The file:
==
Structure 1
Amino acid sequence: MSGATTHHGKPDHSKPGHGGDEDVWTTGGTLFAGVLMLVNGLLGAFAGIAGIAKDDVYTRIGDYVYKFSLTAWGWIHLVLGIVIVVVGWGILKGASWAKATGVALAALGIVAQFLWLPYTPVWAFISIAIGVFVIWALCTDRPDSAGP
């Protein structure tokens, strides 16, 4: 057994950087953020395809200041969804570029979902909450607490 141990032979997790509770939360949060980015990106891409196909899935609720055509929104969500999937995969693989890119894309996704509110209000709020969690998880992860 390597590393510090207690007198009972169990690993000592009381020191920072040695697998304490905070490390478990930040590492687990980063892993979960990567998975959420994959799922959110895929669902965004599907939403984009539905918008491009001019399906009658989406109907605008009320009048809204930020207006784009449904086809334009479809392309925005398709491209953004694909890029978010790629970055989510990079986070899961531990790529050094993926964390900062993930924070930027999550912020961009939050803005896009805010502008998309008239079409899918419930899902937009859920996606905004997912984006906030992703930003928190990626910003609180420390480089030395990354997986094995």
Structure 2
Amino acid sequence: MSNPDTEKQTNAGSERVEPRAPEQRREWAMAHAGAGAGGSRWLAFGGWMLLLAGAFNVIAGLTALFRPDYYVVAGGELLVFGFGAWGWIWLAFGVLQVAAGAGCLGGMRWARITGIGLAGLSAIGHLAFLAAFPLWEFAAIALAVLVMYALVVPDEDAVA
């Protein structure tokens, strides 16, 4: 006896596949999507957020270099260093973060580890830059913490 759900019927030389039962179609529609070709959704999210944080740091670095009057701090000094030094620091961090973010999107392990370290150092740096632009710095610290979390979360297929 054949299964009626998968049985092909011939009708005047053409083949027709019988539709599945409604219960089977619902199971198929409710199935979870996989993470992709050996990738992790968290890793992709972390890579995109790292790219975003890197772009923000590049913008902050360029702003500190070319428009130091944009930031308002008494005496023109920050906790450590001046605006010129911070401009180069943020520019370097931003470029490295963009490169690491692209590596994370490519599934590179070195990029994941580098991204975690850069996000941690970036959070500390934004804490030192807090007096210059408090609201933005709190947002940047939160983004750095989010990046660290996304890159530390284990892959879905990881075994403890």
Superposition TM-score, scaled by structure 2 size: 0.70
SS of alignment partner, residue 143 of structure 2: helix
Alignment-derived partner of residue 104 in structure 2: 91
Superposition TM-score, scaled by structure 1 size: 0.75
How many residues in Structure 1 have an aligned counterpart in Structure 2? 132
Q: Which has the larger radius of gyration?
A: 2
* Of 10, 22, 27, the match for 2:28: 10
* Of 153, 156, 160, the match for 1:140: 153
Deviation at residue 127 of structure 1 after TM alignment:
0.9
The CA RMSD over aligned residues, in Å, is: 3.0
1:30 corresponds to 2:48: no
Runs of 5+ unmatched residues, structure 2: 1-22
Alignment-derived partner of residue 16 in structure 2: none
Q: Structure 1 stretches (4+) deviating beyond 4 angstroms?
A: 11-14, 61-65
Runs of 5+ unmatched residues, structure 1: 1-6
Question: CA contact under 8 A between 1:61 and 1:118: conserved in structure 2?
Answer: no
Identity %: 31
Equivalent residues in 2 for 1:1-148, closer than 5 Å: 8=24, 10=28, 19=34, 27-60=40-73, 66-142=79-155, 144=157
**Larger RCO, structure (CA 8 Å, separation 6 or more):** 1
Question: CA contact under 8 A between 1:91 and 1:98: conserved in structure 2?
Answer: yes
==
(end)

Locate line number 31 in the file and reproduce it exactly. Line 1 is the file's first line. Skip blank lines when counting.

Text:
Answer: yes